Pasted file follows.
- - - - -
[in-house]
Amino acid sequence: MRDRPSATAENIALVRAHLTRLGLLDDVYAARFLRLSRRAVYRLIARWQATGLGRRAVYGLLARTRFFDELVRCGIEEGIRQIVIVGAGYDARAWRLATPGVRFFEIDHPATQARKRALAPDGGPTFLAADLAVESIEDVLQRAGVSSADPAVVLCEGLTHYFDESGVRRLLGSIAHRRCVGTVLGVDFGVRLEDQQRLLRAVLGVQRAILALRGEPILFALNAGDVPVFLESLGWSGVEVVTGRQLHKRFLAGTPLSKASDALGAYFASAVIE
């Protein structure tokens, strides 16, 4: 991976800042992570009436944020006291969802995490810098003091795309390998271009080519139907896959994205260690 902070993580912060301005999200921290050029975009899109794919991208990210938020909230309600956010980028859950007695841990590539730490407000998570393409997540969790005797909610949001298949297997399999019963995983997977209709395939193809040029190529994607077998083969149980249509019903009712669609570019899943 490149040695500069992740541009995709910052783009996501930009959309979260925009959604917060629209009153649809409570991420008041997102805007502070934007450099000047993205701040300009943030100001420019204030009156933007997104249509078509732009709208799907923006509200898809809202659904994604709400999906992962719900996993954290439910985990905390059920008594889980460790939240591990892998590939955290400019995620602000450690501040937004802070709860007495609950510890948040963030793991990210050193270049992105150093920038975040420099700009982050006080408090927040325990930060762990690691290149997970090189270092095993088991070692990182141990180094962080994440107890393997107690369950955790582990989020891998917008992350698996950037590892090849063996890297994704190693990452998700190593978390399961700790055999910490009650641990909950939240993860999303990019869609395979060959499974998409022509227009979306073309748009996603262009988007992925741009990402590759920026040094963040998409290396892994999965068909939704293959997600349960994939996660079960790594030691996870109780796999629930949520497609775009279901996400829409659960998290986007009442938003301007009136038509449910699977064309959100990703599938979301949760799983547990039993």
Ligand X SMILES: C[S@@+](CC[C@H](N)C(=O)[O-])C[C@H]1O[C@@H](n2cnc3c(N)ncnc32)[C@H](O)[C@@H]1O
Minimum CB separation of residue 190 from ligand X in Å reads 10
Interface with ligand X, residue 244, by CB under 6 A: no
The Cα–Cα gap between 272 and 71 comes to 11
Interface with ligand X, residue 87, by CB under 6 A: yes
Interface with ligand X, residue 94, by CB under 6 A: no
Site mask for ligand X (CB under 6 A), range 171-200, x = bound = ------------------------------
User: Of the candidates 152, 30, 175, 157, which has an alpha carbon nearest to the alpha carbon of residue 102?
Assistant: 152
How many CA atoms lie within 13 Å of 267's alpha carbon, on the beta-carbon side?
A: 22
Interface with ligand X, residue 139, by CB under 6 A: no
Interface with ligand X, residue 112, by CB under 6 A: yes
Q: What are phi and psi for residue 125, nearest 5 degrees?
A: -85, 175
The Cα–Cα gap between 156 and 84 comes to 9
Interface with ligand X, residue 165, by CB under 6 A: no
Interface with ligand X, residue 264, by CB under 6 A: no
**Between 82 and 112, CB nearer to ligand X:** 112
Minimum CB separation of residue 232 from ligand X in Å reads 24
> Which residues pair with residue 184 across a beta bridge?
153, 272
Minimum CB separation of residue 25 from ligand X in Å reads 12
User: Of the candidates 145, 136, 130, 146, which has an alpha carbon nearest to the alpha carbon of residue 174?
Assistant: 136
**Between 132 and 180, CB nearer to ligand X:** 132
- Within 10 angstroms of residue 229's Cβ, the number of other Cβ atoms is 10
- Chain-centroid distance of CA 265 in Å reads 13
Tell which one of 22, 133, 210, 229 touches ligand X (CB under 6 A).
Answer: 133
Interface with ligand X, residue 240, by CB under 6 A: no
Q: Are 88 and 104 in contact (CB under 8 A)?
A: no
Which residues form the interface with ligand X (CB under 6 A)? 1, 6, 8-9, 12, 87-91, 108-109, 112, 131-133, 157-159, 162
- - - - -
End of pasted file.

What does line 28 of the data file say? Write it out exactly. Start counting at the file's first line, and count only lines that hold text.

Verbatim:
Assistant: 136